2. Loss of opportunity ( investment business or the like) due to serviceability or changes in lending environment. Had cash been held back instead of tipped into the PPOR as a deposit..............

3. Change of circumstances. Your best laid 5 to 10 year plan will probably change. If your current PPOR needs to be turned into an IP for whatever reason you have lost 10s of ks ( or more) of tax deductions


All for what ?

Payyour debt down by all means, Smart move, But do it in a way that maximises your future options.

There is this undertow of thinking which is along the lines of if I have less debt Im at less risk of xyz

The core thing really I believe is to make sure you manage YOUR RISK, not the lender

ta
rolf
 
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If you have a 60 % actual LVR, or a 60 % notional LVR ( the 20 % sitting on offset) has the same effect on IRs and other cashflow related issues.

Hi Rolf,
thanks.
This is the point that has stuck and also from reading other posts of a similair nature makes much more sense to me.
I've still got a few months to think about it so I appreciate the advice and will certainly take it on board.

Cheers,
G
 
Great thread.

I am in a similar situation to G Man, except I have just purchased first home yesterday and am going to the bank tomorrow to clarify finance.

Subsequent to reading this thread I have spoken to an accountant who has suggested the advice here is correct. Provided you have the discipline there is no reason not to use an offset to maintain the tax deductibility on the debt, particularly if you intend to tranform to an IP.

A couple of questions:

- When I got pre-approval from CBA it was on an I+P basis. Will it be a problem changing the actual loan to IO?
- Will I pay a higher rate of interest? At what point does it become not worthwhile if this is the case?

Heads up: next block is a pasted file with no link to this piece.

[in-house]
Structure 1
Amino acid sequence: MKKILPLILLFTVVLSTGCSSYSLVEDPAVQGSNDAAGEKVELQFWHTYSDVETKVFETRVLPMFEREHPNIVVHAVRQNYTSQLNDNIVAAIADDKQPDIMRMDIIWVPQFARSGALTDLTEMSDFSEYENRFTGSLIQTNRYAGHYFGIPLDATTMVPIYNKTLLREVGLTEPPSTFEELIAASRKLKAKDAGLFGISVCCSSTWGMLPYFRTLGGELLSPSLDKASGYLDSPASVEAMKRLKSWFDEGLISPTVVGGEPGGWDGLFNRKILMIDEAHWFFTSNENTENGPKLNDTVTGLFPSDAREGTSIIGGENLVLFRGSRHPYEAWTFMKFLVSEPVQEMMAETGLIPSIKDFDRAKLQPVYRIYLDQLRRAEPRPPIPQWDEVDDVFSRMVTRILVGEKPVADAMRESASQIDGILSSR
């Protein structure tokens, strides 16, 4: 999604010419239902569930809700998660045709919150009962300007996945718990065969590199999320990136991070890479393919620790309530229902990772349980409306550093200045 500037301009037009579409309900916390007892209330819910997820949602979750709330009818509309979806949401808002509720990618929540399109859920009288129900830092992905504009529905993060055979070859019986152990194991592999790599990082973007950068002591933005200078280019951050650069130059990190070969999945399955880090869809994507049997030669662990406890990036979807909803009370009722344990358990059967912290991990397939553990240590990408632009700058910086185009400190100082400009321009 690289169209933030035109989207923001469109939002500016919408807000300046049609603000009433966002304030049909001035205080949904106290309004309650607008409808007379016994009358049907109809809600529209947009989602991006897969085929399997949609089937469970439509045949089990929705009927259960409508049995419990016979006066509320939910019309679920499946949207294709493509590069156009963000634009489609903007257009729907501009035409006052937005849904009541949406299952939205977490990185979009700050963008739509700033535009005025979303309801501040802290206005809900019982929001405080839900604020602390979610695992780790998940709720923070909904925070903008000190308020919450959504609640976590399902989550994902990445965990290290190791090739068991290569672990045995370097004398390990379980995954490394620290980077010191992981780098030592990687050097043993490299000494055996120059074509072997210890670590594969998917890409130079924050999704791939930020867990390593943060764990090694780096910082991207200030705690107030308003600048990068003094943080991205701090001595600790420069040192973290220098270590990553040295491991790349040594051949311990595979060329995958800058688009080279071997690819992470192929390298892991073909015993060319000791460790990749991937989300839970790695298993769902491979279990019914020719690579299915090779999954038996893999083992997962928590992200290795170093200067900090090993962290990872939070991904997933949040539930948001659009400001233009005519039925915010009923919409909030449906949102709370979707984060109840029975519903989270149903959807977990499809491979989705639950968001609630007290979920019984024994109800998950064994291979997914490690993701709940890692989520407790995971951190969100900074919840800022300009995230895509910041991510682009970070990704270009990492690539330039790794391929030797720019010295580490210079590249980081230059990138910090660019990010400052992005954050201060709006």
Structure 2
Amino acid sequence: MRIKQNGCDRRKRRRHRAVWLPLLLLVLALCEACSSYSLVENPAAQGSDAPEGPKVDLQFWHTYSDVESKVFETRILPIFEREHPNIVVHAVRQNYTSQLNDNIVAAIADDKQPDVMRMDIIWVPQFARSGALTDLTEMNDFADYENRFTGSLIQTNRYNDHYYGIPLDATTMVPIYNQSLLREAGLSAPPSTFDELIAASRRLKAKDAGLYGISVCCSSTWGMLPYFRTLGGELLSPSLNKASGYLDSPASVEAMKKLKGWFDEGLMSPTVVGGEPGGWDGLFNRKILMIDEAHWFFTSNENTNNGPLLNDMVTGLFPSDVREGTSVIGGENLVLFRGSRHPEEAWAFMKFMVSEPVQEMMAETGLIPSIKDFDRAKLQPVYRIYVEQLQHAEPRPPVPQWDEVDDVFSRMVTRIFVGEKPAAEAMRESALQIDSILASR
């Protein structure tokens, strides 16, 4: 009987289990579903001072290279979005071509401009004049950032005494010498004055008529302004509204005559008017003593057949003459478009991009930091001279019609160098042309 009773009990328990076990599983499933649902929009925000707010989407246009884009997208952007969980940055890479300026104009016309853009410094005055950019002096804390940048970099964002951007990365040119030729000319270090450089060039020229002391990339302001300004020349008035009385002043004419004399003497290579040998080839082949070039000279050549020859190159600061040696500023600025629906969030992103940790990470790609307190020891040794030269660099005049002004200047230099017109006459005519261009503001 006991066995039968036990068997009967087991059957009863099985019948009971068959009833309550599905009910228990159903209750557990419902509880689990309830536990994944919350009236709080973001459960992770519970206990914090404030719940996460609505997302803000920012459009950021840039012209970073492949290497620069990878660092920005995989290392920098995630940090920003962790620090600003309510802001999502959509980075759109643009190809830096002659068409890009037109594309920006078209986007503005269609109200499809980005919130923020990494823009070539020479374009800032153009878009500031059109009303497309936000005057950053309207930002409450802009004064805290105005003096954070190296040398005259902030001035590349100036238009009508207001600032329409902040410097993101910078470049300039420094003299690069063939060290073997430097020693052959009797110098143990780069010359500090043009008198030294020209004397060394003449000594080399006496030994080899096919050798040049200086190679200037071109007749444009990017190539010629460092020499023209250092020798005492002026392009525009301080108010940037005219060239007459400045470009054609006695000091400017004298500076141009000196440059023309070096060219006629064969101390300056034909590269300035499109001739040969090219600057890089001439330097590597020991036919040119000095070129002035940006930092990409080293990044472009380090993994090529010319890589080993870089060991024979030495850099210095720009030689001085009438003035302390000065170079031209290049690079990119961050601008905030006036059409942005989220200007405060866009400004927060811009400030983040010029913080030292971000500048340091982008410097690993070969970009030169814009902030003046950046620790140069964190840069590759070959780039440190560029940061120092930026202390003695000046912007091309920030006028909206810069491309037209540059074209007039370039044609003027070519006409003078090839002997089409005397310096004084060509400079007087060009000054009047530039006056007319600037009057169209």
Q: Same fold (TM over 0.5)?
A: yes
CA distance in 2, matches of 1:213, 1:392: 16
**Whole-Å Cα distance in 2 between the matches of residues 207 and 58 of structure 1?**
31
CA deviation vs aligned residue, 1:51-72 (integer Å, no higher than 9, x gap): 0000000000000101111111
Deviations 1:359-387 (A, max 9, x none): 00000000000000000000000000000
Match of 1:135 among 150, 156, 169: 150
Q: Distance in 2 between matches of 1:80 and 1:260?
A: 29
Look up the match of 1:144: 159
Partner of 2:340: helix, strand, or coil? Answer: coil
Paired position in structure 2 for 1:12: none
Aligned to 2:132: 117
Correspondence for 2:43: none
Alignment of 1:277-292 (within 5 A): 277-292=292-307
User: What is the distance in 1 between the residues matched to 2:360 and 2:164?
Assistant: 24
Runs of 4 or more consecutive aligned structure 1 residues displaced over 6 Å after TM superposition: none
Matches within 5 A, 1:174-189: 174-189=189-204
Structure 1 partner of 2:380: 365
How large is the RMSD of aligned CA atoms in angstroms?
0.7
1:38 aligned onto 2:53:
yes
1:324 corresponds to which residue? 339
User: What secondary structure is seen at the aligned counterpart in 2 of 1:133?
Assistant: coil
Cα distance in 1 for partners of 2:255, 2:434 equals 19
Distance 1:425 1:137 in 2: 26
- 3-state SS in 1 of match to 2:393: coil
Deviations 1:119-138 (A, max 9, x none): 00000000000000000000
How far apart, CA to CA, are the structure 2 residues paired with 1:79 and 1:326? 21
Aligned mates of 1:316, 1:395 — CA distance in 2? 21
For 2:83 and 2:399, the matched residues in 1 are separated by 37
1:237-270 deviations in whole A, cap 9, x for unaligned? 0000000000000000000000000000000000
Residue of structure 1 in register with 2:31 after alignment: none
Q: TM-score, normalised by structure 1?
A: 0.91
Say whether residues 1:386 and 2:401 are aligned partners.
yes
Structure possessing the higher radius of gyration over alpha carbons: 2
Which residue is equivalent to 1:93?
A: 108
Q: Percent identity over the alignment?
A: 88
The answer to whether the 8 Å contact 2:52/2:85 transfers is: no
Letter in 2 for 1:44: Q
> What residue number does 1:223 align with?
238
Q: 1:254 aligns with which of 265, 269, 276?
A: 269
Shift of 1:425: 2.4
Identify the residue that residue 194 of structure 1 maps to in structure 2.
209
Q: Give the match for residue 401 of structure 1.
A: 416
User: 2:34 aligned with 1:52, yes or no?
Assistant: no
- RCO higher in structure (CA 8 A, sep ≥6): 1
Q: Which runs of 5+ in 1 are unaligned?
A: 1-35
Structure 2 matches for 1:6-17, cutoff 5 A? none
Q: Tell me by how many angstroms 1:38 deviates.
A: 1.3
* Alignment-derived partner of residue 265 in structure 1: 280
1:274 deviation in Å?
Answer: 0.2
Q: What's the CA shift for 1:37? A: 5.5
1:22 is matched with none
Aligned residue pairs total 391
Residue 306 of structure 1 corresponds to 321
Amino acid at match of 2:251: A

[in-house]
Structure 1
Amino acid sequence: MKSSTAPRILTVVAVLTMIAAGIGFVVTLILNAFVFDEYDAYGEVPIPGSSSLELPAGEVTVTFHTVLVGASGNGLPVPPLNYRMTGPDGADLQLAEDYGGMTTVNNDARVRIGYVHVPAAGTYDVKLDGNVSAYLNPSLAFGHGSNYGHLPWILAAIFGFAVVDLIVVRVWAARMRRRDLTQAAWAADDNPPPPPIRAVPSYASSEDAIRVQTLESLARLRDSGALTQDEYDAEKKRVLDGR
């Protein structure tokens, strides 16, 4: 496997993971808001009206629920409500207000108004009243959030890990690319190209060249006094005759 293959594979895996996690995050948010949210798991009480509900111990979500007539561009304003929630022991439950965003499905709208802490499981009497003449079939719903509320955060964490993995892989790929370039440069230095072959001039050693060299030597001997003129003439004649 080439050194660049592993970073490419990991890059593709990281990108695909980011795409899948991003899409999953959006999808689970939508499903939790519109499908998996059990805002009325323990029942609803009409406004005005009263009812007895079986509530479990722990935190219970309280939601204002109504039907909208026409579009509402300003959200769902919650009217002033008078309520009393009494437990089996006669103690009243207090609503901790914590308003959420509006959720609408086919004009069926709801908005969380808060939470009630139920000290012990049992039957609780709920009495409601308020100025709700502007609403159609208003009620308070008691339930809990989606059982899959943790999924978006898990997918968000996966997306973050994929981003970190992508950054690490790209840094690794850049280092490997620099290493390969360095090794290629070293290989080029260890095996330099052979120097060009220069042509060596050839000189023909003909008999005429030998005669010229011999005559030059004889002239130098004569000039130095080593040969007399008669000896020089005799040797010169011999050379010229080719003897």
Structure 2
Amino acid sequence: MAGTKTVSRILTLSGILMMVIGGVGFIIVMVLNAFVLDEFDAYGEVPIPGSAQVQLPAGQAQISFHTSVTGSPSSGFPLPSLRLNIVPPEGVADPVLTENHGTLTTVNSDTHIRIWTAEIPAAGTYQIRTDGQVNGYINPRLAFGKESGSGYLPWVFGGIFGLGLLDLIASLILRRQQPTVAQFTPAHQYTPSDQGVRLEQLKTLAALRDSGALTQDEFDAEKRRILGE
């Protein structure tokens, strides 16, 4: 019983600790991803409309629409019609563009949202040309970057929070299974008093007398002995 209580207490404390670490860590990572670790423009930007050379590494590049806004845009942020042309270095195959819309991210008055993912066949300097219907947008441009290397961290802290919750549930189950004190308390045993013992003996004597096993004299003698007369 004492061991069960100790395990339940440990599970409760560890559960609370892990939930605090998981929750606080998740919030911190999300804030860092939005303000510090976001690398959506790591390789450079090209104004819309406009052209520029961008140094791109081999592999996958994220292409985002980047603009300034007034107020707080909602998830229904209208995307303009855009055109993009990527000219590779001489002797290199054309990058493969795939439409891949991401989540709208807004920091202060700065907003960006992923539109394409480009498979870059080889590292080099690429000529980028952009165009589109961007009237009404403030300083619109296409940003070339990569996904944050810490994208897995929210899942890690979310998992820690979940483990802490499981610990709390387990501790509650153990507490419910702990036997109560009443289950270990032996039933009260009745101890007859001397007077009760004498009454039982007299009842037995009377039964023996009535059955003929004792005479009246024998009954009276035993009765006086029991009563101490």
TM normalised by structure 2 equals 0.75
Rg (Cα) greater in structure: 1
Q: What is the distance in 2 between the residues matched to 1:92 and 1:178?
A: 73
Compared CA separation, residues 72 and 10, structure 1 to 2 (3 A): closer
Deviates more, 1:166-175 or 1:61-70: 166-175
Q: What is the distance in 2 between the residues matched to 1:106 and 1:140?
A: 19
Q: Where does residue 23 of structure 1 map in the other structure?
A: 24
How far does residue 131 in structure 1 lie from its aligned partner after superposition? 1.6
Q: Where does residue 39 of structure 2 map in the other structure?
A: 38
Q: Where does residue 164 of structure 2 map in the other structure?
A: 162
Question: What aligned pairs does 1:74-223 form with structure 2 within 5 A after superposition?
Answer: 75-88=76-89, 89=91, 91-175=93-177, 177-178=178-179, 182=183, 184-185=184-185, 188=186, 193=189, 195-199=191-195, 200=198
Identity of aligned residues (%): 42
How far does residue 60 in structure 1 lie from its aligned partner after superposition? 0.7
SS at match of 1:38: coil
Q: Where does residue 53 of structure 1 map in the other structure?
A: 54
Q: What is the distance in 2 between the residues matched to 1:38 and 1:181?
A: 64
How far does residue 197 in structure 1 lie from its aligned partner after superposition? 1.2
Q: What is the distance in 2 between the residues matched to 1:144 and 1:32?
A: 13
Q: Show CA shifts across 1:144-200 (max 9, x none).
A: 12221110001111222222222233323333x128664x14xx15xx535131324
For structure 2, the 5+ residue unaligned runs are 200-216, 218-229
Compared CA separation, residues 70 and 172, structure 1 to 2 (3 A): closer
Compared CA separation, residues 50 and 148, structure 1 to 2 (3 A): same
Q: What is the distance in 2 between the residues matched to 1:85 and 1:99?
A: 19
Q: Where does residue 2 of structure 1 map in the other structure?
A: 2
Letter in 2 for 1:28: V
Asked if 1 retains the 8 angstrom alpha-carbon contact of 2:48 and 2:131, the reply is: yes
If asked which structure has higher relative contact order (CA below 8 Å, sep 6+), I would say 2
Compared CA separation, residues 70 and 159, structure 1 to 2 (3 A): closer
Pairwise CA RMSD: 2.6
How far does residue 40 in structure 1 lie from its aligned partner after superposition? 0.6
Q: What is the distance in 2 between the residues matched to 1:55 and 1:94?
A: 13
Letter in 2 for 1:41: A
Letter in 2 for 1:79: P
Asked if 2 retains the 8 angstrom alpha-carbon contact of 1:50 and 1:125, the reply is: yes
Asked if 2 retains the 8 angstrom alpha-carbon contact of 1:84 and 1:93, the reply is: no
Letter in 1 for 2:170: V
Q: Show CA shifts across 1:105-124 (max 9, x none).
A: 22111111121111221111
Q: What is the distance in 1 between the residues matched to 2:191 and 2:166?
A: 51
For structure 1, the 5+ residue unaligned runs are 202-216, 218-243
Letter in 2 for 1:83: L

- If I go IO and offset, would it be correct to say there is no need to have a redraw facility attached to the loan, as there will be nothing to redraw? Or is it good to still have the facility in case I decide to pay down debt in the future?

Thanks for the thread so far and for any responses, this sort of info is quite honestly brilliant. I imagine alot of FHB's get caught out who aren't aware of such things. I was lucky to have stumbled on this thread.

Thanks

SYDB
 
Hi Syd

IO request should be ok, as long as your serviceablity isnt marginal, since with IO they calc repayments over 25 years rather than 30

Rate should be the same PI or IO

I would still activate the redraw, its free and sometims its useful

ta
rolf
 
Hi Rolf,

My serviceability is excellent so should be fine to go IO with offset. I will activate the redraw, its part of the package as I understand anyway.

I was once a cynical bear on property. Now that I have come full circle, I can only say the advice here is invaluable.

Thanks again

SYDB
 
I was once a cynical bear on property. Now that I have come full circle, I can only say the advice here is invaluable.

Thanks again

SYDB

Welcome SYDB into the light!!

Full circle is not an understatement if i remember your earlier posts a bear u sure were. :)

Now you have left the dark side try and avoid the perma bears on this site that have no investment properties and will try and bring you down. Personally I can't understand what motivates people who have no investment property and no intention of buying one to post on such a forum.

I don't knit and have no intention of knitting either so the prospect of spending hours on a knitting site telling people their knitting will lead to their ruin has no interest to me at all.;)


Cheers Bt
 
Welcome SYDB into the light!!

Full circle is not an understatement if i remember your earlier posts a bear u sure were. :)

Now you have left the dark side try and avoid the perma bears on this site that have no investment properties and will try and bring you down. Personally I can't understand what motivates people who have no investment property and no intention of buying one to post on such a forum.

I don't knit and have no intention of knitting either so the prospect of spending hours on a knitting site telling people their knitting will lead to their ruin has no interest to me at all.;)


Cheers Bt

Thanks BT. Just waiting for finance and val to be approved, then off we go.

Decided we couldnt put our life on hold forever for fear of what might happen, of the Steve Keen crash. Very very happy we made this decision. It was certainly the right time for us.

I still understand where the bears are coming from though, property is relatively expensive in Sydney and Melbourne in particular and it becomes quite emotional for people as they cant afford what they may have hoped for.

I think in the end you have to make a choice and live by it. There are risks both ways, no one should complain, their decisions are their own.

SYDB